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By Lewis Pollard on

Hidden Treasures of Our Collection: Camera guns

Cameras and guns might both 'shoot' things, but what else do they have in common? Take a look at some examples of amalgamated versions of these technologies from our collection.

As someone without a background in photography, film, television, or media, I often find myself mystified by the objects I deal with on a daily basis. However, I regularly come across material that no amount of expertise can prepare you for. In this series I’m going to highlight some of the weird and wonderful objects I come into contact with down here in the museum’s collection stores.


Camera Guns

During my time here at the museum one odd trend that I’ve noticed is that we have quite a few cameras shaped like guns. But aside from the fact that both cameras and guns ‘shoot’ things, it seems strange to me that there are so many examples of these amalgamated technologies, so I thought I’d take a look at a few of these in our collections.

First up is the quite famous Thompson’s Revolver Camera.

Thompson’s Revolver Camera 1862. © Science Museum Group collection

This camera’s design was clearly inspired by a revolver. It took images on a glass plate that rotated with each exposure, much like the barrel of the aforementioned gun. The single-grip handle allowed the whole camera to be held in one hand and aimed like a gun, while the other hand worked the controls.

While this was a novel approach, it wasn’t very helpful in reducing motion blur on the images. Perhaps that is the reason why so few units of this camera were sold.

A camera gun with a similar rationale is the Magazine Detective Camera.

Magazine Detective Camera c.1885. © Science Museum Group collection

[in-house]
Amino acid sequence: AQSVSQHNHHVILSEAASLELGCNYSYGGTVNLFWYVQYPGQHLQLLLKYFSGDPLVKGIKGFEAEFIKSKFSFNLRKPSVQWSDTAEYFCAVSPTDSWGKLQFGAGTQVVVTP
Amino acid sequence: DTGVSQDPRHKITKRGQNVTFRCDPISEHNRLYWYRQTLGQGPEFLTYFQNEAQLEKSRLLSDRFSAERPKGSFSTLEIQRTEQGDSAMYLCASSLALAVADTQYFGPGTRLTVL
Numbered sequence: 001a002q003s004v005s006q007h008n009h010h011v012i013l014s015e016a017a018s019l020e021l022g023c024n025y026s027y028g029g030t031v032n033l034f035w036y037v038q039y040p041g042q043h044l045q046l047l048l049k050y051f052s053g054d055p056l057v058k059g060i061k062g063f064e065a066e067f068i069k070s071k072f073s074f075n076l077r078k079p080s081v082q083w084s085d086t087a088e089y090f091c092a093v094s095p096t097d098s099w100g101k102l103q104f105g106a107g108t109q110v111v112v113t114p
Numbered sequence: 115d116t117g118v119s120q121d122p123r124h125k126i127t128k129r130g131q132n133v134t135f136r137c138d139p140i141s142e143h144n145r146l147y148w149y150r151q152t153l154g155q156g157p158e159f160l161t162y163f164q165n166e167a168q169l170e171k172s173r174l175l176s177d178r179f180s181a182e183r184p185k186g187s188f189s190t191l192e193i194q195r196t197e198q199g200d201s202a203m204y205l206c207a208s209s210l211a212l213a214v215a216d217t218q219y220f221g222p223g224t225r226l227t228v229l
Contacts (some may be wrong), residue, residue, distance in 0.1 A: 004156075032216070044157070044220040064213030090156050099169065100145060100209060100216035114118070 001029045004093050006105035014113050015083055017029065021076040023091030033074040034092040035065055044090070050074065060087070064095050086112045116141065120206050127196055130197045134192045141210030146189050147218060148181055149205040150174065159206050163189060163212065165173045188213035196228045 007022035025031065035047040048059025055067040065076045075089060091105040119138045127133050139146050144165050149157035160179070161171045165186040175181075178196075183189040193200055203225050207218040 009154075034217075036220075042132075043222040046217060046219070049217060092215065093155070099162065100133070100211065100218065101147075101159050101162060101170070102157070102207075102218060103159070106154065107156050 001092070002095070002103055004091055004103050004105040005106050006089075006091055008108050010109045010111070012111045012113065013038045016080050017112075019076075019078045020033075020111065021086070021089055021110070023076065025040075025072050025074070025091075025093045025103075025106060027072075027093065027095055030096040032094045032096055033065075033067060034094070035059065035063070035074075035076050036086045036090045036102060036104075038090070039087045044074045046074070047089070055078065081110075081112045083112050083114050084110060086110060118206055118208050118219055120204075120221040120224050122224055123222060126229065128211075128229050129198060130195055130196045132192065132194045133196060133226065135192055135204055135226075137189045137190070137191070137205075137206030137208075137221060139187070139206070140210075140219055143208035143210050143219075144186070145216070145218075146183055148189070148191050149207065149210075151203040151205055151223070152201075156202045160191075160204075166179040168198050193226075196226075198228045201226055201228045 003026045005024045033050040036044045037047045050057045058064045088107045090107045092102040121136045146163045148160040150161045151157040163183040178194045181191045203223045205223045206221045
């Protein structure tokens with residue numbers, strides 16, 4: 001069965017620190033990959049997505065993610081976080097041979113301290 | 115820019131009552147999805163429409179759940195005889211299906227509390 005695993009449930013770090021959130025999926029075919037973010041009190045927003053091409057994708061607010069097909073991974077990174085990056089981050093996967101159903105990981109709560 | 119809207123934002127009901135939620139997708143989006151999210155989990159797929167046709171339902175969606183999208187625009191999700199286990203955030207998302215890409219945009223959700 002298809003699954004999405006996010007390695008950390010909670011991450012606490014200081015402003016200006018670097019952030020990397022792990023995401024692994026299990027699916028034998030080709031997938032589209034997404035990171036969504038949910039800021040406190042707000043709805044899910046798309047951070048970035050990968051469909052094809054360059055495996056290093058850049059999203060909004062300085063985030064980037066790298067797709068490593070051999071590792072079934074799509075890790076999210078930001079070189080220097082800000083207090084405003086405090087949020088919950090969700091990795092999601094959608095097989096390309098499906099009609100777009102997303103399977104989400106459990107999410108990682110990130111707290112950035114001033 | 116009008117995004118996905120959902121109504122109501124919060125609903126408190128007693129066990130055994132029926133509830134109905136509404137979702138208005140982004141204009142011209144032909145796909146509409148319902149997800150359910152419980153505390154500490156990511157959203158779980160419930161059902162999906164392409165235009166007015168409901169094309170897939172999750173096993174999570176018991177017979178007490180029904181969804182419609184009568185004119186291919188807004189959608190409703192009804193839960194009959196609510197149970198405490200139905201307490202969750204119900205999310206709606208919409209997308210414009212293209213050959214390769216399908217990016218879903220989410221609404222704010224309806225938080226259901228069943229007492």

This ‘Rifle Camera’ was developed by Sands and Hunter in the 1880s. The longer, two-handed design meant it could take a steadier image than the Revolver Camera. It could also take 18 images before being reloaded, a significant increase from the four image limit of the Revolver Camera.

What makes these particularly interesting as a pair is that they both take inspiration from gun technology in attempts to improve the camera’s abilities. The next two cameras approach the same idea but from the other side: taking inspiration from camera technology to improve the gun’s capabilities.

Thornton-Pickard MKIII H Gun Camera 1916. © Science Museum Group collection
Thornton-Pickard MKIII Gun Camera 1915-25. © Science Museum Group collection

These camera guns were used to train soldiers during World War One. As opposed to wasting ammunition on target practice, the soldier-in-training would be given one of these cameras and would have to ‘shoot’ a moving target, aiming to hit the centre of the image. In the bottom left corner of the first of the two images immediately above, you can see a photograph taken by this camera of a plane in flight. Here is an enlargement of it:

Target for a Thornton-Pickard MKIII Gun Camera’ 1915-25. © Science Museum Group collection

This method provided trainee soldiers with the added bonus of not having to shoot down their own side’s planes during target practice!

I find it really interesting that cameras and guns have been merged here in a couple of examples with very different motivations. From a certain point of view they couldn’t seem to be more different; where one is about preservation, the other is about destruction. But the fact that they both approach these different goals by using the same methods makes a really fascinating comparison. If anyone has any other examples of these blended technologies please leave a comment below and let us know about them.

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